On June 17th of 2008, three years and less than two weeks ago, Mozilla Corporation released the 3.0 version of the Firefox web browser; a promising and steadily growing web browser than many people, myself included, thought would finally take a stab at the dominance held by Microsoft’s Internet Explorer. I remember the day well because I, a die-hard Firefox 2 user, sat at my desk constantly refreshing the download page in anticipation of the Firefox 3 release. Through a thread on Digg (the fact that Digg was still popular at the time probably gives you a better feel for how long ago this was) I found a link to a copy of the setup executable for the then legendary web browser. Admittedly, I was probably a bit crazy to have been obsessively wasting my time trying to get my hands on the 3.0 release, but I know for a fact that I wasn’t alone. People from around the world were just as eager as I was to get their hands on the latest offerings as well.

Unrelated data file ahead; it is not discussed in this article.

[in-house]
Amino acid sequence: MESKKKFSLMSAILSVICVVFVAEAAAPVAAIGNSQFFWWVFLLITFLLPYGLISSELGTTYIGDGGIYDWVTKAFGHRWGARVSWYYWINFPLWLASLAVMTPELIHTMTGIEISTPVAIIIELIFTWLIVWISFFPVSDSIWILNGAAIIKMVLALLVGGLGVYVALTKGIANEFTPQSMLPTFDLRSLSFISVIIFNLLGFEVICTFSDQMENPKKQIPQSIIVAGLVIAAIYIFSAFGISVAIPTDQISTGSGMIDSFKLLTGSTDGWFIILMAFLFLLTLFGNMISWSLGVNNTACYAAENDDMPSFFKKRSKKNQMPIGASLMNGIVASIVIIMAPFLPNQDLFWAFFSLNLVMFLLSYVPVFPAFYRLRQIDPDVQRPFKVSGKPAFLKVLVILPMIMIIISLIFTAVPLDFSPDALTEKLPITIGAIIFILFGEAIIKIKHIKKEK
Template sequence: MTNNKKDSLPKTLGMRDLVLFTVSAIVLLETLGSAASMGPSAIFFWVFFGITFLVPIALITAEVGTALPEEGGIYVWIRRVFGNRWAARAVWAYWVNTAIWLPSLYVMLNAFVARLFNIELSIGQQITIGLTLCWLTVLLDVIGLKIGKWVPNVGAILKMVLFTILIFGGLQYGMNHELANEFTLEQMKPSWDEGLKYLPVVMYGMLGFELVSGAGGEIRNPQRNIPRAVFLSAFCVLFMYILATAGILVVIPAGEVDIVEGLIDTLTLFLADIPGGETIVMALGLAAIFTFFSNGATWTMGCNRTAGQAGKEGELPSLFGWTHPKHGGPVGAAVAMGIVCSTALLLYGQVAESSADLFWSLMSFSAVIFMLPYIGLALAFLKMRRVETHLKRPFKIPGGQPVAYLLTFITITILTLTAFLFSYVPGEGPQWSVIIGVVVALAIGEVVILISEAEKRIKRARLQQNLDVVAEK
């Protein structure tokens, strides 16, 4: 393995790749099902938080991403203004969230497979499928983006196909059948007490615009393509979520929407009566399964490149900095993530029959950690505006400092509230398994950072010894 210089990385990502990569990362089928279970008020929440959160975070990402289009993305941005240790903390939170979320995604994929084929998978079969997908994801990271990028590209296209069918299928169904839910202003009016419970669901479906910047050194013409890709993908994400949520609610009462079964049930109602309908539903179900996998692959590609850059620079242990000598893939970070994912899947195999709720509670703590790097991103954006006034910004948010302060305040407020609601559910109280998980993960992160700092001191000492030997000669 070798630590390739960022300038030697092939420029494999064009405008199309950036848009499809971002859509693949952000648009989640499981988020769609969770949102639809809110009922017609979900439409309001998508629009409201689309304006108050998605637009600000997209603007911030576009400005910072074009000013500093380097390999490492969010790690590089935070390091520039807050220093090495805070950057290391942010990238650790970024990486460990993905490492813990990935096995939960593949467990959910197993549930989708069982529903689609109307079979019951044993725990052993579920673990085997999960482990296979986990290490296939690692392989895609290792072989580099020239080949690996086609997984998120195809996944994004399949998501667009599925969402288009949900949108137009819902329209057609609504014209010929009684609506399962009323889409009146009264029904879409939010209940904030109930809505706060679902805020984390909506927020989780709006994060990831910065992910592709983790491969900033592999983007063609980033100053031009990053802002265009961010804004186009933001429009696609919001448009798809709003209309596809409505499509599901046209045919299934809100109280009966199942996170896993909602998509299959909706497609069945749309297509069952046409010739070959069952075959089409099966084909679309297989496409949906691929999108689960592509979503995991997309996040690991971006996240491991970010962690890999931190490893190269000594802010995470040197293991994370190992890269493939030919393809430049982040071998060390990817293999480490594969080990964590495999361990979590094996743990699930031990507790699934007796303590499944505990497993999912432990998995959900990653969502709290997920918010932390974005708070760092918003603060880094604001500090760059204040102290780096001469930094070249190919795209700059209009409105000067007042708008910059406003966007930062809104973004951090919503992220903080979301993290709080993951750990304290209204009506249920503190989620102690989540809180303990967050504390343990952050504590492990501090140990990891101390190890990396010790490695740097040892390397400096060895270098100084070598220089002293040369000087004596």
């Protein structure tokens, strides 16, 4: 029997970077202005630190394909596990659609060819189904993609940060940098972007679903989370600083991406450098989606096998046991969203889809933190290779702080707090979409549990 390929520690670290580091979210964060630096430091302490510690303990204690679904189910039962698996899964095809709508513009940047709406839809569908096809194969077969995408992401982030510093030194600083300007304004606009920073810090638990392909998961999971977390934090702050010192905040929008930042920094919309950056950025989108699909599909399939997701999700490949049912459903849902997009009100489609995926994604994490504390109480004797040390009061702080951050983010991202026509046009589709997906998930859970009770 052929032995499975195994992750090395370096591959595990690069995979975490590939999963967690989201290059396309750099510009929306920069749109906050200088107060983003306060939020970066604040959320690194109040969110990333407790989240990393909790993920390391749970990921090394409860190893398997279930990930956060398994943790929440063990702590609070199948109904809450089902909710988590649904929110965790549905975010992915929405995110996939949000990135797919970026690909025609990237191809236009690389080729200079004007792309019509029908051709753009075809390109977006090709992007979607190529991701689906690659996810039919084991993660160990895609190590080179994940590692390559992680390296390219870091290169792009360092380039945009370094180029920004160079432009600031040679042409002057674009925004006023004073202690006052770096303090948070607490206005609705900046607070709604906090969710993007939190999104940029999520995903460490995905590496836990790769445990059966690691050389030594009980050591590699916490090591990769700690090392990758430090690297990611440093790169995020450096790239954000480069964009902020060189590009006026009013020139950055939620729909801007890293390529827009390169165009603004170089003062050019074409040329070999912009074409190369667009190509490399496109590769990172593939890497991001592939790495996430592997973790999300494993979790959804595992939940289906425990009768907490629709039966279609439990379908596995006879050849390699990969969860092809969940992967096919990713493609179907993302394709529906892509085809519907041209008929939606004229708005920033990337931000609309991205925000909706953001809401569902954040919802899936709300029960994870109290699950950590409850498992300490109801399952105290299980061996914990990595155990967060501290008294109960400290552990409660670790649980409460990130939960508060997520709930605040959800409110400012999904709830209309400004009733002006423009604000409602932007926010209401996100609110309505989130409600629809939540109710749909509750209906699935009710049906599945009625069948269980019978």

What’s my point? Just over three years ago, the release of a new Firefox version was a big deal; the last major release (2.0) having been released about a year and a half earlier in October of 2006. But earlier this year, Mozilla introduced a new release cycle that put the release of Firefox 7 on the calendar by the end of 2011. While many have viewed this move as invaluable in competing with the constant releases of Google’s Chrome web browser, the rapid paced release cycle of the software has begun to cause concerns with network and system administrators.
The latest update of iTunes 10 was released earlier today. The update (iTunes 10.0.1) included many bug fixes, but most importantly, it improved the integration of Ping within iTunes.